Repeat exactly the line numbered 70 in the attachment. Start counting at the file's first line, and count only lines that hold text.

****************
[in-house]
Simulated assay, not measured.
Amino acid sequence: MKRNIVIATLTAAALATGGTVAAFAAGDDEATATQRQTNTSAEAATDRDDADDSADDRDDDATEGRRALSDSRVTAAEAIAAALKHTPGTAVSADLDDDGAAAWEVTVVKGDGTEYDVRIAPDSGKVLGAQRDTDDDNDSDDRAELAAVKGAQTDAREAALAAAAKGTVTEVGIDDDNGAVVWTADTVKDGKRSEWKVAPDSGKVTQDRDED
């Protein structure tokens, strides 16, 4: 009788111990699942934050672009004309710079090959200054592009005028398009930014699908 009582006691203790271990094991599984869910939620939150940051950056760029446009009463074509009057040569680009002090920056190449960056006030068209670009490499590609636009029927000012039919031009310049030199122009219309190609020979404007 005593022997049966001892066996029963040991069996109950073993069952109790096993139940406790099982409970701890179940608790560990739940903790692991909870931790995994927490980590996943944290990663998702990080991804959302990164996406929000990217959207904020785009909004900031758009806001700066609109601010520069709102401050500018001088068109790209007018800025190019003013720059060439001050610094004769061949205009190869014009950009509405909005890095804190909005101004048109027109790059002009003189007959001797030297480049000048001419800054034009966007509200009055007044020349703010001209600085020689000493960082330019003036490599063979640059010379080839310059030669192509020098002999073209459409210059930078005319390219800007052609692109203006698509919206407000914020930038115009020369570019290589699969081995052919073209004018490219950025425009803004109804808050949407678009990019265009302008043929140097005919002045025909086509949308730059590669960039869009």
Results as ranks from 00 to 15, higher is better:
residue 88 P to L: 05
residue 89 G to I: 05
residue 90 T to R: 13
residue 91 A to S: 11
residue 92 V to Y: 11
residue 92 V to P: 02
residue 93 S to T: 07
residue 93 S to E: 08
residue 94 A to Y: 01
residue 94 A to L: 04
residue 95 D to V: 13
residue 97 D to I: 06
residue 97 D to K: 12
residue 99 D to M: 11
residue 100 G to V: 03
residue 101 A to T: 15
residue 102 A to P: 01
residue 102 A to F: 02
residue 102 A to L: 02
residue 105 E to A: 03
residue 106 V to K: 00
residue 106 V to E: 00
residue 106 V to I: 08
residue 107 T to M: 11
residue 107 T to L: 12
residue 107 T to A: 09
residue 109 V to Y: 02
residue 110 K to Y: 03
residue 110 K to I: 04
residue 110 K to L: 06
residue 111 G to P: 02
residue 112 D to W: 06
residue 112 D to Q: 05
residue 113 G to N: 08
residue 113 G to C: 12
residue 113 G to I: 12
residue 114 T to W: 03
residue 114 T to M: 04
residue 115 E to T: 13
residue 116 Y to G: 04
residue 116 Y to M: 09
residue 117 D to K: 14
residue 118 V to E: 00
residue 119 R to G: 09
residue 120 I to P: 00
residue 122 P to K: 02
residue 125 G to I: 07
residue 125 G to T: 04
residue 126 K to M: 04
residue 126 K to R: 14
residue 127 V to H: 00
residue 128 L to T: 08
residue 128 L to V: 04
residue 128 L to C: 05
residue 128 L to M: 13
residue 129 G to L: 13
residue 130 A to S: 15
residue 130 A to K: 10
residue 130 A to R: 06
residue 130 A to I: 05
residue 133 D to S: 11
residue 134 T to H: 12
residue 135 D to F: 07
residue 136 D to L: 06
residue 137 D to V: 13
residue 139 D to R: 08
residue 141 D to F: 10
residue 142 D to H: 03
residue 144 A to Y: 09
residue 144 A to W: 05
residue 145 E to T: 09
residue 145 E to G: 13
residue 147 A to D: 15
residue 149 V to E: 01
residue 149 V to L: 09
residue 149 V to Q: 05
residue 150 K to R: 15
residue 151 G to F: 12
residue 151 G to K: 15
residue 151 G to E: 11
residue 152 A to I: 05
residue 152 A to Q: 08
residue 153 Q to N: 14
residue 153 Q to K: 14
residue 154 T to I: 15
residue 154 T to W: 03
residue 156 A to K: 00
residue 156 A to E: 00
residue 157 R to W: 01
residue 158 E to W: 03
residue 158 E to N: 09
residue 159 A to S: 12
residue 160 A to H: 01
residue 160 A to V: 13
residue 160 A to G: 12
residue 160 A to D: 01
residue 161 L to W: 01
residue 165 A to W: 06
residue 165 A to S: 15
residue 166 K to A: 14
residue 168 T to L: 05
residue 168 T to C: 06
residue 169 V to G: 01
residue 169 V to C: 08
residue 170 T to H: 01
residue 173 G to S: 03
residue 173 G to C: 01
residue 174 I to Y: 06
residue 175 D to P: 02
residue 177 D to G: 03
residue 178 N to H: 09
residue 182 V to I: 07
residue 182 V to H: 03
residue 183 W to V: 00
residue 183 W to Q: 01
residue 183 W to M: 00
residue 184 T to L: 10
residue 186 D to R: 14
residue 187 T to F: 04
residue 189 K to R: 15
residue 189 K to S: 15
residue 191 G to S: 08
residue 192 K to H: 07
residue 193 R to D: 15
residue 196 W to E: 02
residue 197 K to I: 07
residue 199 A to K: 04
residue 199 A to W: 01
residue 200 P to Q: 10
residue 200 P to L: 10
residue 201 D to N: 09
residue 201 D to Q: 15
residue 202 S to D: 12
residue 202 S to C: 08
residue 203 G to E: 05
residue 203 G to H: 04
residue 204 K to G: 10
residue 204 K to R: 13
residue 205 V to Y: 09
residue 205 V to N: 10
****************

residue 137 D to V: 13